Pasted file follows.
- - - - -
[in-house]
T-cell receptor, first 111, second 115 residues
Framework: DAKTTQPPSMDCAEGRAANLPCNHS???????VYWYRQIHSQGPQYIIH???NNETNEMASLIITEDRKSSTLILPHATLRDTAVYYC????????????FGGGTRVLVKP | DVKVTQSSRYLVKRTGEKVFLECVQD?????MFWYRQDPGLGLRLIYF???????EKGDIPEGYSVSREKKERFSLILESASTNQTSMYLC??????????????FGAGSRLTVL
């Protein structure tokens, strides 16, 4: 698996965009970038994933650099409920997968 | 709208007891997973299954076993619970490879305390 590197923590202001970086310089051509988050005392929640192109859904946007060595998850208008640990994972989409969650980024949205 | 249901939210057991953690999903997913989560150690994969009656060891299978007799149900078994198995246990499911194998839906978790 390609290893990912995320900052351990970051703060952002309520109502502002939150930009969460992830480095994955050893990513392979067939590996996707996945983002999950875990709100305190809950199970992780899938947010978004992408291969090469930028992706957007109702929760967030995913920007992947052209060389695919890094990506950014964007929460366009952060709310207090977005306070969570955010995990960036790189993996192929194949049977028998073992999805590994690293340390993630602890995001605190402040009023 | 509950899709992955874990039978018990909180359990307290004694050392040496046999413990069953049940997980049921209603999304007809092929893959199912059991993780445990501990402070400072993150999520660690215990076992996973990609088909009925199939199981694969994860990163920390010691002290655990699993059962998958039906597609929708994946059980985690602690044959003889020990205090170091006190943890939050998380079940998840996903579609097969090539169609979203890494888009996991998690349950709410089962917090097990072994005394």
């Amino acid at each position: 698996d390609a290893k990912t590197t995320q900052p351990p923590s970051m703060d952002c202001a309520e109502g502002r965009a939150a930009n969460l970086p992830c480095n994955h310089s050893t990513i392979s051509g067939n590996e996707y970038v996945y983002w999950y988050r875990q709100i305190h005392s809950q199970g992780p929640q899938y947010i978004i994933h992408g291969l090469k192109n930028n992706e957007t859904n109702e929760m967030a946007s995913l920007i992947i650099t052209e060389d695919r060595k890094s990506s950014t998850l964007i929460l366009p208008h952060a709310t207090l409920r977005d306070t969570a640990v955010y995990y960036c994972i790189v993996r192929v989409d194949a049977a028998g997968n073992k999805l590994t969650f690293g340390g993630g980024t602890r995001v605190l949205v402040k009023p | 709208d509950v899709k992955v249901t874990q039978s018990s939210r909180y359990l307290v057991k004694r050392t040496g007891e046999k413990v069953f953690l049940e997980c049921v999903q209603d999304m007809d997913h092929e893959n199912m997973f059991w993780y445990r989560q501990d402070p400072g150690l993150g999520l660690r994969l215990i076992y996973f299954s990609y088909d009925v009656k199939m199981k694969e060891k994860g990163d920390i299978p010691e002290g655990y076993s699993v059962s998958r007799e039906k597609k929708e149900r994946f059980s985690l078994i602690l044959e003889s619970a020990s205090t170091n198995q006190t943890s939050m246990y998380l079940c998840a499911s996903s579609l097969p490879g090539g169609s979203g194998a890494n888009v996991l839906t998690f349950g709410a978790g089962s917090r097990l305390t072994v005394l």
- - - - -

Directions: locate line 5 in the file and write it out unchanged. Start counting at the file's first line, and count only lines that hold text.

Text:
């Amino acid at each position: 698996d390609a290893k990912t590197t995320q900052p351990p923590s970051m703060d952002c202001a309520e109502g502002r965009a939150a930009n969460l970086p992830c480095n994955h310089s050893t990513i392979s051509g067939n590996e996707y970038v996945y983002w999950y988050r875990q709100i305190h005392s809950q199970g992780p929640q899938y947010i978004i994933h992408g291969l090469k192109n930028n992706e957007t859904n109702e929760m967030a946007s995913l920007i992947i650099t052209e060389d695919r060595k890094s990506s950014t998850l964007i929460l366009p208008h952060a709310t207090l409920r977005d306070t969570a640990v955010y995990y960036c994972i790189v993996r192929v989409d194949a049977a028998g997968n073992k999805l590994t969650f690293g340390g993630g980024t602890r995001v605190l949205v402040k009023p | 709208d509950v899709k992955v249901t874990q039978s018990s939210r909180y359990l307290v057991k004694r050392t040496g007891e046999k413990v069953f953690l049940e997980c049921v999903q209603d999304m007809d997913h092929e893959n199912m997973f059991w993780y445990r989560q501990d402070p400072g150690l993150g999520l660690r994969l215990i076992y996973f299954s990609y088909d009925v009656k199939m199981k694969e060891k994860g990163d920390i299978p010691e002290g655990y076993s699993v059962s998958r007799e039906k597609k929708e149900r994946f059980s985690l078994i602690l044959e003889s619970a020990s205090t170091n198995q006190t943890s939050m246990y998380l079940c998840a499911s996903s579609l097969p490879g090539g169609s979203g194998a890494n888009v996991l839906t998690f349950g709410a978790g089962s917090r097990l305390t072994v005394l």